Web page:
Most of us would quickly run the other way if a merchant told us they were going to charge us $2,000 for an item that is only worth $700, right? Our response, and rightly so, would probably be somewhere along the lines of “You’re CRAZY if you think I’m going to spend that much on something that isn’t worth half of what you’re charging!”
But the scary thing is, people do it all the time and don’t realize it. It isn’t uncommon for people to pay extremely high interest rates on items purchased from “Rent-to-Own” companies – which can translate into spending 2-3 times more than an item is worth.
Rent-to-Own companies typically target those who can’t afford to pay the full up-front cost of an item and who may have credit issues that prevent them from obtaining traditional financing. In an instant gratification society, we are programmed and even encouraged to “buy now, pay later” – the trouble is, paying later comes with some pretty big drawbacks in this case.
Consider this: You need or want a laptop computer. Amazon.com lists a 15 inch Acer laptop for $473. A local Rent-to-own store will give it to you for “only” $24.99 a week for one year. It may be easier to come up with the $24.99 a week right? Maybe, but if you had saved $24.99 each week, you would have enough cash to pay for that computer in a little less than 5 months. If you pay the same amount through the rental store over the course of a year, you will pay a whopping $1,299 for that same computer. That’s a pretty steep price to pay to have it five months sooner! In fact, it’s $824 more.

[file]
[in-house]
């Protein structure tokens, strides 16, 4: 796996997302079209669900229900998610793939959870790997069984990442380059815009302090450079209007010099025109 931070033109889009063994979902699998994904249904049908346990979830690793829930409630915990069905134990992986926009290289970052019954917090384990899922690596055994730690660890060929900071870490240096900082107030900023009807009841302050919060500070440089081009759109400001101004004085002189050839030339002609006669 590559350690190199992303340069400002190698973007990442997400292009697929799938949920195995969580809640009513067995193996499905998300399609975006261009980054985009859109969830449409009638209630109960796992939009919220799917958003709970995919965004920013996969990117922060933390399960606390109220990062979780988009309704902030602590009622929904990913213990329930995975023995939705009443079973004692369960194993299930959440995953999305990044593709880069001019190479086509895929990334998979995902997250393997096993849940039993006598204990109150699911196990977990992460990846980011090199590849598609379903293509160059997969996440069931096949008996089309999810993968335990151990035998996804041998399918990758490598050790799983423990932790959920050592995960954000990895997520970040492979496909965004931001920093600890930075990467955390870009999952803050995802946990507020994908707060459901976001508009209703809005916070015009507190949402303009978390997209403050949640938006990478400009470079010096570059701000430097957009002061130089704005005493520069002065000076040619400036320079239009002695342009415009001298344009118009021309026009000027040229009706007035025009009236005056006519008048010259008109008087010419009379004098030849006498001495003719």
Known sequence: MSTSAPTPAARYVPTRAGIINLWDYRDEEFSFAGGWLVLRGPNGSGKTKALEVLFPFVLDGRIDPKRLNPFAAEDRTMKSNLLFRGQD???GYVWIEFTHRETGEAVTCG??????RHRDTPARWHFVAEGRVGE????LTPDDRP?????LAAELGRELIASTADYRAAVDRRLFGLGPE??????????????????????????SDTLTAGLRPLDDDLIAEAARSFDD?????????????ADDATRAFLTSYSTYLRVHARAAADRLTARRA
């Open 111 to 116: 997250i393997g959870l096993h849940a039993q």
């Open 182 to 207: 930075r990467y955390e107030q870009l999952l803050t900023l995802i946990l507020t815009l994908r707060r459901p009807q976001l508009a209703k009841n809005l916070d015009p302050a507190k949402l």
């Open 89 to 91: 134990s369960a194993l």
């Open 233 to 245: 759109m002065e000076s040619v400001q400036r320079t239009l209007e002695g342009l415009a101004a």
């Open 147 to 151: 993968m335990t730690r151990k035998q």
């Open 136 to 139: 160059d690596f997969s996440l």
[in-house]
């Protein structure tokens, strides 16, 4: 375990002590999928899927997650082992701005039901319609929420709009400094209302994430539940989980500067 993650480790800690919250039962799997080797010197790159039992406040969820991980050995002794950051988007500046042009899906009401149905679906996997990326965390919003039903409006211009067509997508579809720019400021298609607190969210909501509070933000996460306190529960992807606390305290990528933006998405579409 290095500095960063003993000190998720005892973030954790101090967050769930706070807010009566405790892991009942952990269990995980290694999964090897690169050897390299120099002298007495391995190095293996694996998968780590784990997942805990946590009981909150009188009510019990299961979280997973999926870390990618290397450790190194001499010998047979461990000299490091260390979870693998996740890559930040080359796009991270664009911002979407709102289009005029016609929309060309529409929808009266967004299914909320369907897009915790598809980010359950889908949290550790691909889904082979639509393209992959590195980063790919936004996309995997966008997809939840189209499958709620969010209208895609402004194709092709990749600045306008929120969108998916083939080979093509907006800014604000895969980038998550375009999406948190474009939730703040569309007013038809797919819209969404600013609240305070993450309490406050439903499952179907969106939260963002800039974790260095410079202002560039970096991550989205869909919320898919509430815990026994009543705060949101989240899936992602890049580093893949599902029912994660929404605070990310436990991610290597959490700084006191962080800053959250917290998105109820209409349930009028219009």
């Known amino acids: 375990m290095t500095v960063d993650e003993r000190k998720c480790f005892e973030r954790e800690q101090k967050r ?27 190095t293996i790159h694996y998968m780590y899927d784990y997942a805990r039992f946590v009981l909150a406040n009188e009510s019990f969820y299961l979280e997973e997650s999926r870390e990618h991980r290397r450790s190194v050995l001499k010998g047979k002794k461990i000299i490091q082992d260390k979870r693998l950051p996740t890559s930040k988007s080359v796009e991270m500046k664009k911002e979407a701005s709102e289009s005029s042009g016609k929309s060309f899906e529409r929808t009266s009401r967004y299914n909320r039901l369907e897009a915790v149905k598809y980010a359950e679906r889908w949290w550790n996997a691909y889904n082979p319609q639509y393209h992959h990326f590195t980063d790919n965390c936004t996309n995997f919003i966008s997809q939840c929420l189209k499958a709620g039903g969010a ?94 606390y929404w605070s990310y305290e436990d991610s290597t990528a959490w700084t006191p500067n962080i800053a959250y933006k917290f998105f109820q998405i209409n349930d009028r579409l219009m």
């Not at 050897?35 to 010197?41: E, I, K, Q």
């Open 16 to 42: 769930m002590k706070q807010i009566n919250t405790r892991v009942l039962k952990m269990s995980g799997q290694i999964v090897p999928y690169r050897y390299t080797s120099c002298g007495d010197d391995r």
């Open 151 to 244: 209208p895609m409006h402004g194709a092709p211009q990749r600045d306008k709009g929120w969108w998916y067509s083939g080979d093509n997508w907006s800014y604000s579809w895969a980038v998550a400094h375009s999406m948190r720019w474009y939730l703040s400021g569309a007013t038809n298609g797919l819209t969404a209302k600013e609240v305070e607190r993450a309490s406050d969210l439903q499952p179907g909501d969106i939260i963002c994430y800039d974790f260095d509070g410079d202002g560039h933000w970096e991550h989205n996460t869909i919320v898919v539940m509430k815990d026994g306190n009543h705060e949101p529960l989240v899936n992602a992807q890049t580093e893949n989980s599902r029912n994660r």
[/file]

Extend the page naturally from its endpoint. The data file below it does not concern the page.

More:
The thing that these merchants are counting on is that you are either in a bind (as in, your washing machine died and you must have another one quickly) or you are simply not paying close attention to the details and you just want it now. Either way, in most cases, the consumer stands to lose and the stores stands to gain.
So, what should you do if you are in a bind and you need to purchase a larger ticket item? Here are a few alternatives to consider:
So what do you think?….Is it worth paying three times as much to go the rent-to-own route? In what situation does this make sense for the consumer? I’d love to hear your thoughts in the comments below!
Consumer Education Services, Inc. (CESI) is a non-profit service provider of comprehensive personal financial education and solutions for all life stages and for all of life’s milestones. Our goal is enhanced economic security for everyone we serve.
CESI is NOT A LOAN COMPANY